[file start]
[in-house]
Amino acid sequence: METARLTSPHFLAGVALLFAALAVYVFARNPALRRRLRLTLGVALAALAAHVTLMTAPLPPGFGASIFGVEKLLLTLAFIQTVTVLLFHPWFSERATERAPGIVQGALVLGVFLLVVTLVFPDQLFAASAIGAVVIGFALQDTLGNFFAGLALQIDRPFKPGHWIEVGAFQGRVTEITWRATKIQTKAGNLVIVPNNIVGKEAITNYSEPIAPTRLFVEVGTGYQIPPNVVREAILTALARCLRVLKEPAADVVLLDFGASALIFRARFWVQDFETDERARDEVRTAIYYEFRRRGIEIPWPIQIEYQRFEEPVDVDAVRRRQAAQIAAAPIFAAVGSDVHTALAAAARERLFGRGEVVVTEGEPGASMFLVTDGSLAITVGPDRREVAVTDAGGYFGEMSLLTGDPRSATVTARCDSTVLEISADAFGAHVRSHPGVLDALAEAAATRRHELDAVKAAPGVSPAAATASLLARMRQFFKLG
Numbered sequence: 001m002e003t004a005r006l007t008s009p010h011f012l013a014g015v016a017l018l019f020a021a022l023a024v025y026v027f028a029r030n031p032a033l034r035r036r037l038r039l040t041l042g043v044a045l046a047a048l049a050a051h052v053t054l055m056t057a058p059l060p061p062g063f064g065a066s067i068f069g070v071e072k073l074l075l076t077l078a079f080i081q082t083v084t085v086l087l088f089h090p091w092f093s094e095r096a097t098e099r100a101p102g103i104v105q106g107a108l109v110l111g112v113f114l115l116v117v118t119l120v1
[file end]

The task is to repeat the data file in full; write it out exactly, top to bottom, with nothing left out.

[in-house]
Amino acid sequence: METARLTSPHFLAGVALLFAALAVYVFARNPALRRRLRLTLGVALAALAAHVTLMTAPLPPGFGASIFGVEKLLLTLAFIQTVTVLLFHPWFSERATERAPGIVQGALVLGVFLLVVTLVFPDQLFAASAIGAVVIGFALQDTLGNFFAGLALQIDRPFKPGHWIEVGAFQGRVTEITWRATKIQTKAGNLVIVPNNIVGKEAITNYSEPIAPTRLFVEVGTGYQIPPNVVREAILTALARCLRVLKEPAADVVLLDFGASALIFRARFWVQDFETDERARDEVRTAIYYEFRRRGIEIPWPIQIEYQRFEEPVDVDAVRRRQAAQIAAAPIFAAVGSDVHTALAAAARERLFGRGEVVVTEGEPGASMFLVTDGSLAITVGPDRREVAVTDAGGYFGEMSLLTGDPRSATVTARCDSTVLEISADAFGAHVRSHPGVLDALAEAAATRRHELDAVKAAPGVSPAAATASLLARMRQFFKLG
Numbered sequence: 001m002e003t004a005r006l007t008s009p010h011f012l013a014g015v016a017l018l019f020a021a022l023a024v025y026v027f028a029r030n031p032a033l034r035r036r037l038r039l040t041l042g043v044a045l046a047a048l049a050a051h052v053t054l055m056t057a058p059l060p061p062g063f064g065a066s067i068f069g070v071e072k073l074l075l076t077l078a079f080i081q082t083v084t085v086l087l088f089h090p091w092f093s094e095r096a097t098e099r100a101p102g103i104v105q106g107a108l109v110l111g112v113f114l115l116v117v118t119l120v1